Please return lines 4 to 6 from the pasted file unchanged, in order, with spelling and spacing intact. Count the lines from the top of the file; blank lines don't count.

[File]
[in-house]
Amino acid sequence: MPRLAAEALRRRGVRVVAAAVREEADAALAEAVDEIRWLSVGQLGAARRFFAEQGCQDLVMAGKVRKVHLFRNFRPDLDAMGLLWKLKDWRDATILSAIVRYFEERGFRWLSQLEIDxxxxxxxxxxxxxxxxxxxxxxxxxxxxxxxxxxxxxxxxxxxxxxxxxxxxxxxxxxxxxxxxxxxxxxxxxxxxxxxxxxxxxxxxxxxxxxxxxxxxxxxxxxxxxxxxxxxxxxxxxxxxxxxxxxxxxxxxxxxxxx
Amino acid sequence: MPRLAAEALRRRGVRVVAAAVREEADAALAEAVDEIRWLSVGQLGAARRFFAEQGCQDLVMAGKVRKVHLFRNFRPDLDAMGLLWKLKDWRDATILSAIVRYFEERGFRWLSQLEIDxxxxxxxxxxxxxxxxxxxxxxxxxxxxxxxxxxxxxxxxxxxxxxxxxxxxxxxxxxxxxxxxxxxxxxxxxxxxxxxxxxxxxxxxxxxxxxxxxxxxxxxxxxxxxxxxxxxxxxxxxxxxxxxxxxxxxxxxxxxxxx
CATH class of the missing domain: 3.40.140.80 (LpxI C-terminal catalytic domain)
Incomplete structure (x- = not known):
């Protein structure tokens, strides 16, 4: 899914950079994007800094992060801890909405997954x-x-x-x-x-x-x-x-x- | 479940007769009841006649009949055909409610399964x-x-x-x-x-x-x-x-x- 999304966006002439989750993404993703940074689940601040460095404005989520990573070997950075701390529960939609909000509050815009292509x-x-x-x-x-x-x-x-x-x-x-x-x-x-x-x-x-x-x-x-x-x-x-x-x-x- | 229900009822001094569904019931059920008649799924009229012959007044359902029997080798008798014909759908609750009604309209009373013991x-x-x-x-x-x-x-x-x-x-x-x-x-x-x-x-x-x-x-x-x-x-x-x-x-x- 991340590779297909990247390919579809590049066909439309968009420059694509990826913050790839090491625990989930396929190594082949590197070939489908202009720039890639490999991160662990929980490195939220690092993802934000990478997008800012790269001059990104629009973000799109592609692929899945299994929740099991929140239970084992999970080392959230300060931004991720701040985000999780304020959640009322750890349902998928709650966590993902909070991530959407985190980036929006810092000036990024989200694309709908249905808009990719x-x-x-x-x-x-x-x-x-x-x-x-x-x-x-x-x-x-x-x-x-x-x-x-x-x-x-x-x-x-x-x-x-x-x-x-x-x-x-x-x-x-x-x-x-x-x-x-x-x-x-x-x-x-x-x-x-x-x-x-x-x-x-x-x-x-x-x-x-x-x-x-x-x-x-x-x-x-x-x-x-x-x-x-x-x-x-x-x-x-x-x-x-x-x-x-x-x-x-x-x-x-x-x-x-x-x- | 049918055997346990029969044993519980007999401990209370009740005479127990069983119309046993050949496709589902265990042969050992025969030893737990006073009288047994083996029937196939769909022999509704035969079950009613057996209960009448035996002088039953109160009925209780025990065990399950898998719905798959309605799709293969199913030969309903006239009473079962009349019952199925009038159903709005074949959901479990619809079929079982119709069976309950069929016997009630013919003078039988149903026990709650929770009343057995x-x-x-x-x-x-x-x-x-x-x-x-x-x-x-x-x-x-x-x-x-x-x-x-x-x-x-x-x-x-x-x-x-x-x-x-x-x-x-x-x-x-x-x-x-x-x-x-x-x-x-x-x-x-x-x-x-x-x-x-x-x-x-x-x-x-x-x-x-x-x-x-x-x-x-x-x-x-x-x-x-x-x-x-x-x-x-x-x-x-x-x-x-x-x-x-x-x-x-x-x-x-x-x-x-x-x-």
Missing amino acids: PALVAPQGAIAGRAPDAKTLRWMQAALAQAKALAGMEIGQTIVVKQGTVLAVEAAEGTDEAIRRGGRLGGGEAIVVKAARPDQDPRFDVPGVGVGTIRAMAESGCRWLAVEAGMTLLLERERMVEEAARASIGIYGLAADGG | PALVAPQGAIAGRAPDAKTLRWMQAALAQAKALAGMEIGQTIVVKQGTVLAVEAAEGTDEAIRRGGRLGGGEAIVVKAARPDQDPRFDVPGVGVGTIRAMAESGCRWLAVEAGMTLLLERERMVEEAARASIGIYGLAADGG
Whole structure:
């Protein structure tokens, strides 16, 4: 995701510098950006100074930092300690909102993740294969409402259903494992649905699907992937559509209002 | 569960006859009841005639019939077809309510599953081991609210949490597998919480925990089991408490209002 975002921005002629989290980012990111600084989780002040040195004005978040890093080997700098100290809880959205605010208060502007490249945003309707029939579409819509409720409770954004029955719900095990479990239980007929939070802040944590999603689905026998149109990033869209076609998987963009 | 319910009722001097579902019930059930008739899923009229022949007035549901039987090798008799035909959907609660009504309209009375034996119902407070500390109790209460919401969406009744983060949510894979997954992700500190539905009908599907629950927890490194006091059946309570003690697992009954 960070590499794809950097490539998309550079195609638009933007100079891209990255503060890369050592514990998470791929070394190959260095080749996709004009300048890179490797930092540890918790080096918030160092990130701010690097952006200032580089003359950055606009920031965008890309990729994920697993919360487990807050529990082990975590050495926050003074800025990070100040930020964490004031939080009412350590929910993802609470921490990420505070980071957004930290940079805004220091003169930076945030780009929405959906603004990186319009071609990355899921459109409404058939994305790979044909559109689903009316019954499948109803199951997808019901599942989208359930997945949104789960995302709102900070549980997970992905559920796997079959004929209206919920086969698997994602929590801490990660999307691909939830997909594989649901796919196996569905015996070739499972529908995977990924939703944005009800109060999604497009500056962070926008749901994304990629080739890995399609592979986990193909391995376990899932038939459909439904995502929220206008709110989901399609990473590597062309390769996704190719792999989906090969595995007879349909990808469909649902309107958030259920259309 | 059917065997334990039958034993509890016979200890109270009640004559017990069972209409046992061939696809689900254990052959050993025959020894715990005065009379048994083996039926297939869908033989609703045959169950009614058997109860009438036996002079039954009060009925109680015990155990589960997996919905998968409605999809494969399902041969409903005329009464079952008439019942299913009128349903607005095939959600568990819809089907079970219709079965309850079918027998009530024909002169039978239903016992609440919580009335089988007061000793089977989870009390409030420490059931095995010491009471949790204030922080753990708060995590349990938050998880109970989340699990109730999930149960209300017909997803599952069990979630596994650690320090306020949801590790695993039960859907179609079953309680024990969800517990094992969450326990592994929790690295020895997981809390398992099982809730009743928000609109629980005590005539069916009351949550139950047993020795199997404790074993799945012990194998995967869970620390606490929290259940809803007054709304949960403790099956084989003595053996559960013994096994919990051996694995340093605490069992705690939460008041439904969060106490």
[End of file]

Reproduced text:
CATH class of the missing domain: 3.40.140.80 (LpxI C-terminal catalytic domain)
Incomplete structure (x- = not known):
């Protein structure tokens, strides 16, 4: 899914950079994007800094992060801890909405997954x-x-x-x-x-x-x-x-x- | 479940007769009841006649009949055909409610399964x-x-x-x-x-x-x-x-x- 999304966006002439989750993404993703940074689940601040460095404005989520990573070997950075701390529960939609909000509050815009292509x-x-x-x-x-x-x-x-x-x-x-x-x-x-x-x-x-x-x-x-x-x-x-x-x-x- | 229900009822001094569904019931059920008649799924009229012959007044359902029997080798008798014909759908609750009604309209009373013991x-x-x-x-x-x-x-x-x-x-x-x-x-x-x-x-x-x-x-x-x-x-x-x-x-x- 991340590779297909990247390919579809590049066909439309968009420059694509990826913050790839090491625990989930396929190594082949590197070939489908202009720039890639490999991160662990929980490195939220690092993802934000990478997008800012790269001059990104629009973000799109592609692929899945299994929740099991929140239970084992999970080392959230300060931004991720701040985000999780304020959640009322750890349902998928709650966590993902909070991530959407985190980036929006810092000036990024989200694309709908249905808009990719x-x-x-x-x-x-x-x-x-x-x-x-x-x-x-x-x-x-x-x-x-x-x-x-x-x-x-x-x-x-x-x-x-x-x-x-x-x-x-x-x-x-x-x-x-x-x-x-x-x-x-x-x-x-x-x-x-x-x-x-x-x-x-x-x-x-x-x-x-x-x-x-x-x-x-x-x-x-x-x-x-x-x-x-x-x-x-x-x-x-x-x-x-x-x-x-x-x-x-x-x-x-x-x-x-x-x- | 049918055997346990029969044993519980007999401990209370009740005479127990069983119309046993050949496709589902265990042969050992025969030893737990006073009288047994083996029937196939769909022999509704035969079950009613057996209960009448035996002088039953109160009925209780025990065990399950898998719905798959309605799709293969199913030969309903006239009473079962009349019952199925009038159903709005074949959901479990619809079929079982119709069976309950069929016997009630013919003078039988149903026990709650929770009343057995x-x-x-x-x-x-x-x-x-x-x-x-x-x-x-x-x-x-x-x-x-x-x-x-x-x-x-x-x-x-x-x-x-x-x-x-x-x-x-x-x-x-x-x-x-x-x-x-x-x-x-x-x-x-x-x-x-x-x-x-x-x-x-x-x-x-x-x-x-x-x-x-x-x-x-x-x-x-x-x-x-x-x-x-x-x-x-x-x-x-x-x-x-x-x-x-x-x-x-x-x-x-x-x-x-x-x-």